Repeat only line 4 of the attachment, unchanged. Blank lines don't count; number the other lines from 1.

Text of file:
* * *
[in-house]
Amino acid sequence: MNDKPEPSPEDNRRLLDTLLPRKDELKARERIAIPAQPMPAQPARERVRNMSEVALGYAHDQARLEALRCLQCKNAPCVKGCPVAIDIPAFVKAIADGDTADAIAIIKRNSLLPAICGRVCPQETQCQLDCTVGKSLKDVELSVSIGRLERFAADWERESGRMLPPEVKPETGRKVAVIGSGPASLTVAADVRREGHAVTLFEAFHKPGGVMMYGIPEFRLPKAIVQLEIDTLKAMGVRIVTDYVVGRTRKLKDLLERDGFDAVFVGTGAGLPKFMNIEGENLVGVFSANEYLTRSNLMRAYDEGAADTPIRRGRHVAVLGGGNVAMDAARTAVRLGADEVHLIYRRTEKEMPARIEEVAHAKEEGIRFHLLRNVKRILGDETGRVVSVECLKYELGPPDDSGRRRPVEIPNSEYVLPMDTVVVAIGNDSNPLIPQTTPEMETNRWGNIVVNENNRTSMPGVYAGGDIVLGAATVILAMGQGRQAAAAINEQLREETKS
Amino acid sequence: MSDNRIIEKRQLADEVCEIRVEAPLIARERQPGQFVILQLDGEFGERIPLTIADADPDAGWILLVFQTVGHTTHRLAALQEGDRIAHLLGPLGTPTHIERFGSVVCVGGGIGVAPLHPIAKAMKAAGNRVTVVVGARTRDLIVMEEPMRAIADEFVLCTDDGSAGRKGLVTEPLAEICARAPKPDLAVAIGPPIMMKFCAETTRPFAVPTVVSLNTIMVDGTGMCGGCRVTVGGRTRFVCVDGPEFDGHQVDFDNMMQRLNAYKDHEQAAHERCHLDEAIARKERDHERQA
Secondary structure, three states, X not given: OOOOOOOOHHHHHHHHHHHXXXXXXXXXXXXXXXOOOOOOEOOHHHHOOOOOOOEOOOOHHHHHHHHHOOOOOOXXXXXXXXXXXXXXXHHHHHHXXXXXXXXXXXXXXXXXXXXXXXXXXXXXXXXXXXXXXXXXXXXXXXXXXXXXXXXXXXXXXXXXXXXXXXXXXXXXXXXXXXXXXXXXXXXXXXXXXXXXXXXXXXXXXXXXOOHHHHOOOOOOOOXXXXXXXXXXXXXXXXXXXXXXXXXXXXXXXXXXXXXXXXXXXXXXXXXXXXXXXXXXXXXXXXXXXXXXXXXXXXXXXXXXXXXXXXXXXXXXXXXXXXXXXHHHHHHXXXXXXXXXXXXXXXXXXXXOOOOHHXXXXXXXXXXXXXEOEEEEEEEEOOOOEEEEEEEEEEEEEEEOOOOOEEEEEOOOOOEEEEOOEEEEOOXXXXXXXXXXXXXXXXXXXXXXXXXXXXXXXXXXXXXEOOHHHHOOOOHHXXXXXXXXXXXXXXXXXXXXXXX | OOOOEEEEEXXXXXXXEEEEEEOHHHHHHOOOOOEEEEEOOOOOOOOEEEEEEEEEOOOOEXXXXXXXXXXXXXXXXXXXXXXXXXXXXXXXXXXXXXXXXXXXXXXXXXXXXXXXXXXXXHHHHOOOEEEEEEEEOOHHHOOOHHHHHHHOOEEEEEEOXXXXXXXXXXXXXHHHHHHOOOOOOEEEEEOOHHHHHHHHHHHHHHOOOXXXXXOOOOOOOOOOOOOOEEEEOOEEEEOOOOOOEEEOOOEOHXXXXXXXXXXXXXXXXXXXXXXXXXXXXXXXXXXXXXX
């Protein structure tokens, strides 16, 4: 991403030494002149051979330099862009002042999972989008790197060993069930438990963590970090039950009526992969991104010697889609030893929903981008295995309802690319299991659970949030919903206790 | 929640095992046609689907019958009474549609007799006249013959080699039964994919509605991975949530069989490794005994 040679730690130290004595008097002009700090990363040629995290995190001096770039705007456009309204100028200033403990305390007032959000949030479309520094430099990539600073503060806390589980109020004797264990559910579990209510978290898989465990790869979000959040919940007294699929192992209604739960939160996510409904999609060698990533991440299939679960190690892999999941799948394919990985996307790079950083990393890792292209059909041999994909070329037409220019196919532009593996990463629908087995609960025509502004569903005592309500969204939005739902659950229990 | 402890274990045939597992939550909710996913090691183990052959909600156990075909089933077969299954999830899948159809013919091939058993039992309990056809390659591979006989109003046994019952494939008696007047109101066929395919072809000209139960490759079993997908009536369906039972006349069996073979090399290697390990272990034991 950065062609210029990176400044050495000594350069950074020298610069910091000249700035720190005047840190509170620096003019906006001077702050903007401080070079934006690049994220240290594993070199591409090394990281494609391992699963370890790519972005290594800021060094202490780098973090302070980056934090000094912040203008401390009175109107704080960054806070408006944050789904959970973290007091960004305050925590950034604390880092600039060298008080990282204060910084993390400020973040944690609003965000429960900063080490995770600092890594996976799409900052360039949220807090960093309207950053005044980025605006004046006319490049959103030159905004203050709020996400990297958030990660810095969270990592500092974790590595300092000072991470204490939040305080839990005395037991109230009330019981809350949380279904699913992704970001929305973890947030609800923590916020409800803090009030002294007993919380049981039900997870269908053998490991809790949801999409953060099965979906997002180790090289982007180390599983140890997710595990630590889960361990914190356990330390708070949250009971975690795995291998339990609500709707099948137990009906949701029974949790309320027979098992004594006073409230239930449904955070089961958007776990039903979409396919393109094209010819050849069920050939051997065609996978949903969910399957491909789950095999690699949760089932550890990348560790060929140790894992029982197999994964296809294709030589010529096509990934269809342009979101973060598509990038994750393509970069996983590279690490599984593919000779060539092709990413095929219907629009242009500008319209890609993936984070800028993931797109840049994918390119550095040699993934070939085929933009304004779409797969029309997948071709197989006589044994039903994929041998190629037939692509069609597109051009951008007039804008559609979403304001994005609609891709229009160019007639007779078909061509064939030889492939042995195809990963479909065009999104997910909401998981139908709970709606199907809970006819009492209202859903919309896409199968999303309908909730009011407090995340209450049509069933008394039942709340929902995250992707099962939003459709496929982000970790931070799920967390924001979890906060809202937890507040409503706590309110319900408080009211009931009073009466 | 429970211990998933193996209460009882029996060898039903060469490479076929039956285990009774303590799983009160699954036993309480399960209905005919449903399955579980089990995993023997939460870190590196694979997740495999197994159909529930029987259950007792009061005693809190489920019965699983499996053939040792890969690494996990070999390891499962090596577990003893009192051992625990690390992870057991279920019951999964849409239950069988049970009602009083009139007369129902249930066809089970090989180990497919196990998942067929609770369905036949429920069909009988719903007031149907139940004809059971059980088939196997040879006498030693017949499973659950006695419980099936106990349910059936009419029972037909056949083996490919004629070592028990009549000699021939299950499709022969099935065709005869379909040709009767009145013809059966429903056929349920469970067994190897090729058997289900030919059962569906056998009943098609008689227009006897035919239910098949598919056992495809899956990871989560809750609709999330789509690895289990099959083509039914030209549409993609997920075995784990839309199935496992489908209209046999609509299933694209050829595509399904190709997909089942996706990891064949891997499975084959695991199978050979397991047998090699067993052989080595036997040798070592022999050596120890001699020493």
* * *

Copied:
Secondary structure, three states, X not given: OOOOOOOOHHHHHHHHHHHXXXXXXXXXXXXXXXOOOOOOEOOHHHHOOOOOOOEOOOOHHHHHHHHHOOOOOOXXXXXXXXXXXXXXXHHHHHHXXXXXXXXXXXXXXXXXXXXXXXXXXXXXXXXXXXXXXXXXXXXXXXXXXXXXXXXXXXXXXXXXXXXXXXXXXXXXXXXXXXXXXXXXXXXXXXXXXXXXXXXXXXXXXXXXOOHHHHOOOOOOOOXXXXXXXXXXXXXXXXXXXXXXXXXXXXXXXXXXXXXXXXXXXXXXXXXXXXXXXXXXXXXXXXXXXXXXXXXXXXXXXXXXXXXXXXXXXXXXXXXXXXXXXHHHHHHXXXXXXXXXXXXXXXXXXXXOOOOHHXXXXXXXXXXXXXEOEEEEEEEEOOOOEEEEEEEEEEEEEEEOOOOOEEEEEOOOOOEEEEOOEEEEOOXXXXXXXXXXXXXXXXXXXXXXXXXXXXXXXXXXXXXEOOHHHHOOOOHHXXXXXXXXXXXXXXXXXXXXXXX | OOOOEEEEEXXXXXXXEEEEEEOHHHHHHOOOOOEEEEEOOOOOOOOEEEEEEEEEOOOOEXXXXXXXXXXXXXXXXXXXXXXXXXXXXXXXXXXXXXXXXXXXXXXXXXXXXXXXXXXXXHHHHOOOEEEEEEEEOOHHHOOOHHHHHHHOOEEEEEEOXXXXXXXXXXXXXHHHHHHOOOOOOEEEEEOOHHHHHHHHHHHHHHOOOXXXXXOOOOOOOOOOOOOOEEEEOOEEEEOOOOOOEEEOOOEOHXXXXXXXXXXXXXXXXXXXXXXXXXXXXXXXXXXXXXX